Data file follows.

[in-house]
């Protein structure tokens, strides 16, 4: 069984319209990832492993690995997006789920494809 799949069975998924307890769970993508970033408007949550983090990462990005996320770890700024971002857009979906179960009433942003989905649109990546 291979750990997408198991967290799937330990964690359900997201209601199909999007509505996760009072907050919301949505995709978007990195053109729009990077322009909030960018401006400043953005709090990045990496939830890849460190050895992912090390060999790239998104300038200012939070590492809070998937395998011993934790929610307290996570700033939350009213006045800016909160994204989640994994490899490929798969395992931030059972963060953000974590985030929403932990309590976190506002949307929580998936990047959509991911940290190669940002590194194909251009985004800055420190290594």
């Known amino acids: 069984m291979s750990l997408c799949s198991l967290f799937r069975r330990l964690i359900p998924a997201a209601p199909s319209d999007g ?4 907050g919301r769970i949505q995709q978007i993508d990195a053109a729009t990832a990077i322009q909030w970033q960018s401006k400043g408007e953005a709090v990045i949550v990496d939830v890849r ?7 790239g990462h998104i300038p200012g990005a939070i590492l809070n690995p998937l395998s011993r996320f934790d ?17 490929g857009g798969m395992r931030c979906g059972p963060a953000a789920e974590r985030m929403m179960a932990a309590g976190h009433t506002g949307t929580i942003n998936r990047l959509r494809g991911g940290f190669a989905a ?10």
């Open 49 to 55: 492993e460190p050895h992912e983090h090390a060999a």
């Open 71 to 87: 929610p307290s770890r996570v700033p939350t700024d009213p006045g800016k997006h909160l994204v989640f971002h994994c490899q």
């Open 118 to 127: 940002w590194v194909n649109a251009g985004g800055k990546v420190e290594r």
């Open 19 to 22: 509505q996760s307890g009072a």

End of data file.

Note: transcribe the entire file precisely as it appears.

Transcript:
[in-house]
């Protein structure tokens, strides 16, 4: 069984319209990832492993690995997006789920494809 799949069975998924307890769970993508970033408007949550983090990462990005996320770890700024971002857009979906179960009433942003989905649109990546 291979750990997408198991967290799937330990964690359900997201209601199909999007509505996760009072907050919301949505995709978007990195053109729009990077322009909030960018401006400043953005709090990045990496939830890849460190050895992912090390060999790239998104300038200012939070590492809070998937395998011993934790929610307290996570700033939350009213006045800016909160994204989640994994490899490929798969395992931030059972963060953000974590985030929403932990309590976190506002949307929580998936990047959509991911940290190669940002590194194909251009985004800055420190290594």
């Known amino acids: 069984m291979s750990l997408c799949s198991l967290f799937r069975r330990l964690i359900p998924a997201a209601p199909s319209d999007g ?4 907050g919301r769970i949505q995709q978007i993508d990195a053109a729009t990832a990077i322009q909030w970033q960018s401006k400043g408007e953005a709090v990045i949550v990496d939830v890849r ?7 790239g990462h998104i300038p200012g990005a939070i590492l809070n690995p998937l395998s011993r996320f934790d ?17 490929g857009g798969m395992r931030c979906g059972p963060a953000a789920e974590r985030m929403m179960a932990a309590g976190h009433t506002g949307t929580i942003n998936r990047l959509r494809g991911g940290f190669a989905a ?10």
């Open 49 to 55: 492993e460190p050895h992912e983090h090390a060999a």
């Open 71 to 87: 929610p307290s770890r996570v700033p939350t700024d009213p006045g800016k997006h909160l994204v989640f971002h994994c490899q």
């Open 118 to 127: 940002w590194v194909n649109a251009g985004g800055k990546v420190e290594r």
């Open 19 to 22: 509505q996760s307890g009072a």